So far they’re doing just that.
They’ve toured throughout the entire country of Canada and much of the United States, either fueled on their own ambition (and I’m sure a few credit cards) or as part of a tour, most recently as the support for Psychopathic Records recording artists Twiztid. This offered them a great deal of North American exposure to a rabid fan base of Juggalos across the nation. Working inside a cult following will create a great base for them to jump off of and it seems like it has already provided that leap. After this small home stand, they’re packing up and hitting the road again, this time in support of Sen Dog, the legendary hip hip MC from one of the rap/rock creators Cypress Hill.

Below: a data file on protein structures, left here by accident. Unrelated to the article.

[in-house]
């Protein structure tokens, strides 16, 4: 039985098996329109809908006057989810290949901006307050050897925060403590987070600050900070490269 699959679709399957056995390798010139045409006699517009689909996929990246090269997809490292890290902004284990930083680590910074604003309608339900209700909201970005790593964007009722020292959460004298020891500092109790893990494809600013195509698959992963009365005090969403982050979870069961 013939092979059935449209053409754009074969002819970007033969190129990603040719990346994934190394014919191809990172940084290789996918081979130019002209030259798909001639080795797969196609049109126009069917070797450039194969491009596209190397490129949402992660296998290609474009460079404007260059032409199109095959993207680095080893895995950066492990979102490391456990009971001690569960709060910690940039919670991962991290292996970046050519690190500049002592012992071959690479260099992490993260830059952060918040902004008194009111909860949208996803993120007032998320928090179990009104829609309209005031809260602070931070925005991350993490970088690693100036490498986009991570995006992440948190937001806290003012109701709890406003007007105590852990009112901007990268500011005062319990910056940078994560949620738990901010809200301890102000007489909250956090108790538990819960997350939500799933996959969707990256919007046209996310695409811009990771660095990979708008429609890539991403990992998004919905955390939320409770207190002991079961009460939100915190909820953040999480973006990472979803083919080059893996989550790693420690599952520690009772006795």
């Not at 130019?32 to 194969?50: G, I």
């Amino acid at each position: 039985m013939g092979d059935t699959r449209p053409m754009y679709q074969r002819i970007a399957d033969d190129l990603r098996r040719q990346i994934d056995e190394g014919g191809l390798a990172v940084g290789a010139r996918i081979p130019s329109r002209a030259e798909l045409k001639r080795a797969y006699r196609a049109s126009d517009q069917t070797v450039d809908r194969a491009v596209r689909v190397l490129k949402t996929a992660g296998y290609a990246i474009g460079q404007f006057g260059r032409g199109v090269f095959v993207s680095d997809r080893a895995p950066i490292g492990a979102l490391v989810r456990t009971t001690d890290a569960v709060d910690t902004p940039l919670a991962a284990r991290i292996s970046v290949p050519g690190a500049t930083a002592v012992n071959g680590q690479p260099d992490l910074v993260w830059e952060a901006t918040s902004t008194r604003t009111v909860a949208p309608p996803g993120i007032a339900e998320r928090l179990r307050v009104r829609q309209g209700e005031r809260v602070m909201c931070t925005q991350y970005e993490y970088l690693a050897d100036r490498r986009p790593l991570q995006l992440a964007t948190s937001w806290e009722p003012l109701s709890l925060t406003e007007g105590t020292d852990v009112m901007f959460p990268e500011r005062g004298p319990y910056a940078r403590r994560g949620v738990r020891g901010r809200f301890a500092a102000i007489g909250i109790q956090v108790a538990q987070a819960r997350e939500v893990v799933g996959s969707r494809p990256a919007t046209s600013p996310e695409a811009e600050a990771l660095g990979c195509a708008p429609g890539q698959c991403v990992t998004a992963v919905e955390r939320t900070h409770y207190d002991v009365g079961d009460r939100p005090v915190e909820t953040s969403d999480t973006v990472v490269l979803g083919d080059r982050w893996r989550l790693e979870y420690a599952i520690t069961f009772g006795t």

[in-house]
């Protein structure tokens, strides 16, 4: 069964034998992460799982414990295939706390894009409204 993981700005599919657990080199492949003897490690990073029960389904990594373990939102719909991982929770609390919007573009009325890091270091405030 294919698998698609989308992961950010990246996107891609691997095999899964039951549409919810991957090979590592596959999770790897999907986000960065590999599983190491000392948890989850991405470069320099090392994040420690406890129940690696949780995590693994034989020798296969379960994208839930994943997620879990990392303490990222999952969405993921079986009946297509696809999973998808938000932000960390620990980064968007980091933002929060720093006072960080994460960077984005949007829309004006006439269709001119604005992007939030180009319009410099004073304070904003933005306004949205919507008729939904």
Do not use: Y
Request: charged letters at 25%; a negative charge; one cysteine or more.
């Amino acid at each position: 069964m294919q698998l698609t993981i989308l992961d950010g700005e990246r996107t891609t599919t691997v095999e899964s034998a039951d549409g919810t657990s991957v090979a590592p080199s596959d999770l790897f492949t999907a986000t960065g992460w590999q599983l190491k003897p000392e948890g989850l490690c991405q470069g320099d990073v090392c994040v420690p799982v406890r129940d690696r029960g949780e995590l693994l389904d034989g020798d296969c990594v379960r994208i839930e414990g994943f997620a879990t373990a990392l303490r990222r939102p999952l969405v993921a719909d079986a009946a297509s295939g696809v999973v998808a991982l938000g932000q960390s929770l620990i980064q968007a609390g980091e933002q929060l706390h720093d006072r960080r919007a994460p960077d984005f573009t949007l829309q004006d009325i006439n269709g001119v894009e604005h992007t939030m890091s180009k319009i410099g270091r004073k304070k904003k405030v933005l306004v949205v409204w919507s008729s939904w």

But before they head off into the sunset with their ammunition, the boys are returning to the scene of many of their crimes to record their first ever live performance DVD. The University of Windsor’s CAW Centre (on campus) will provide the back drop this Saturday as MLSF return the good will that U. of Windsor crowds have been showing the past few years in helping these guys achieve their dreams of making it in this fickle music industry.
Tickets for the show are $10 and are available at the UWSA offices or via the various band members. Doors are at 7:30pm, with the show to start shortly thereafter.
MicLordz & Sauce Funky DVD Shoot Party with special guests The Classix, Central Slang and Jay Braaks, University of Windor CAW Student Centre, Saturday February 12th, 7:30pm, $10, Licensed/All-Ages Event